martes, 28 de marzo de 2017

DYK Today (24) is World TB Day

On World TB Day, CDC and partners #UniteToEndTB

Join CDC and partners as we unite to eliminate TB & slow the spread of drug-resistant TB.

Today, on World Tuberculosis (TB) Day, we’re reminded that TB is the world’s leading infectious disease killer. In addition to infecting two billion people worldwide, TB can also become drug-resistant, which means the drugs we rely on to treat the disease are no longer effective. Patients with drug-resistant TB are left with limited and often expensive treatment options.
2 billion people are infected with TB

While rates of drug-resistant TB remain low in the U.S, it is estimated that more than half a million cases occur globally each year and lead to approximately 200,000 deaths.

Drug-resistant TB is more difficult to cure and costly to patients, the economy, and the health system. And since TB is airborne and contagious, the spread of drug-resistant TB could “reawaken” TB in parts of the world where TB is currently less common, including the United States.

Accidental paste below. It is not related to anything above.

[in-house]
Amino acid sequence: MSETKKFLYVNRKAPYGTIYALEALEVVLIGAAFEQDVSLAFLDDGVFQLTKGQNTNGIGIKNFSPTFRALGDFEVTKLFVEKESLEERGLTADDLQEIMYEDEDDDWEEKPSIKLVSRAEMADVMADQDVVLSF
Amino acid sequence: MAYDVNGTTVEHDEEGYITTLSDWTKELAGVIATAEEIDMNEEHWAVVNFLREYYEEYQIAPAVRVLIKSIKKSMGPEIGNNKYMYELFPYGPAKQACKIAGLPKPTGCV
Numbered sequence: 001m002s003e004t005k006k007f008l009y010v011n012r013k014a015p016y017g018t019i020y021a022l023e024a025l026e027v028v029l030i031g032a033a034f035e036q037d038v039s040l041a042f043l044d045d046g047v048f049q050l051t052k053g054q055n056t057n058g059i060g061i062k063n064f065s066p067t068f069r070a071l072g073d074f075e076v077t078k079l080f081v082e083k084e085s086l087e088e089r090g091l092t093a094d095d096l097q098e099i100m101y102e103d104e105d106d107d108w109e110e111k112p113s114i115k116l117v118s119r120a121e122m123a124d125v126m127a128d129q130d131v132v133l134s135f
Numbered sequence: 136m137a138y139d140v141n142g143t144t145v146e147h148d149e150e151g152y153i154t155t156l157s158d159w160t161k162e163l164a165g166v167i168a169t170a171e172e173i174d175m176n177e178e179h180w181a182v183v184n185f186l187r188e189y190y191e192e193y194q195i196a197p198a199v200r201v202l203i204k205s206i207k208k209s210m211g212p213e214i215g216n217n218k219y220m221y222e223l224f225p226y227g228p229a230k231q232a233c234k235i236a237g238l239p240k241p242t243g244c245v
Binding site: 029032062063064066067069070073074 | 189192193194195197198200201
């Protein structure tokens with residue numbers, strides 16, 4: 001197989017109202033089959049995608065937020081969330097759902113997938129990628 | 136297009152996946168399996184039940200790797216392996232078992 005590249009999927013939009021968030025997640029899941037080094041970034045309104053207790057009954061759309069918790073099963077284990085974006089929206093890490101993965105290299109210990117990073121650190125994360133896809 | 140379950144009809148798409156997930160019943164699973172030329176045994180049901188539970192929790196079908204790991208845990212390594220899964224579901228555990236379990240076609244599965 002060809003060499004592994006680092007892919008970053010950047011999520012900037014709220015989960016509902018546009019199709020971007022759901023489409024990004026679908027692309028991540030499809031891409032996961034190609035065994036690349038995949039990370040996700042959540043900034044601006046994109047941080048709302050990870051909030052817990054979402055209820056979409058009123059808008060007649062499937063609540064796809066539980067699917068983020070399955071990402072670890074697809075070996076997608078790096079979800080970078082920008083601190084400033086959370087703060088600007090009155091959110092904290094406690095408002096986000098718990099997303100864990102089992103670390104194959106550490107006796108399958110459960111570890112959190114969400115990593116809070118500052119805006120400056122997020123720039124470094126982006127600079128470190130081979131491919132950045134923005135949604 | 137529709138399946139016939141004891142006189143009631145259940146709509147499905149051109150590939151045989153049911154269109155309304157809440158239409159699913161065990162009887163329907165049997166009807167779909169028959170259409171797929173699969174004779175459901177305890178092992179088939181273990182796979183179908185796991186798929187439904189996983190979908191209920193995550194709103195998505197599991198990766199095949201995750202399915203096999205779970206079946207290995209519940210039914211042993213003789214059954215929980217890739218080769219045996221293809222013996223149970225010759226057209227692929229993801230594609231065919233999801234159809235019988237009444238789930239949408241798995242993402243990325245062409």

CDC is working to find, cure, and prevent TB in the United States and worldwide through the AR Solutions Initiative and global partnerships, leadership in research and technical expertise, and on-the-ground interventions in more than 25 countries.

3 Ways CDC is Combating Drug-Resistant TBThrough the AR Solutions Initiative, CDC is working to reduce rates of MDR-TB by 15%.
Developing new strategies to find and cure MDR-TB.
  • Extending TB medical exams and treatment overseas.
  • Exploring an increase in global impact by partnering with other agencies to include TB screening for additional visa categories, like students and healthcare workers.
 Establishing best practices for treatment of MDR-TB.
  • Evaluating use of smartphones and video to monitor patient treatment to ensure TB therapy is completed.
  • Creating a national TB stockpile to help with urgent TB drug shortages.
Strengthening surveillance to identify and target hot spots.
  • Increasing global technology for testing and treating TB to stop it at its source.
  • Working closely with partners in 25+ high-burden countries worldwide to strengthen TB control efforts.
Learn more about how CDC is combating drug-resistant TB at


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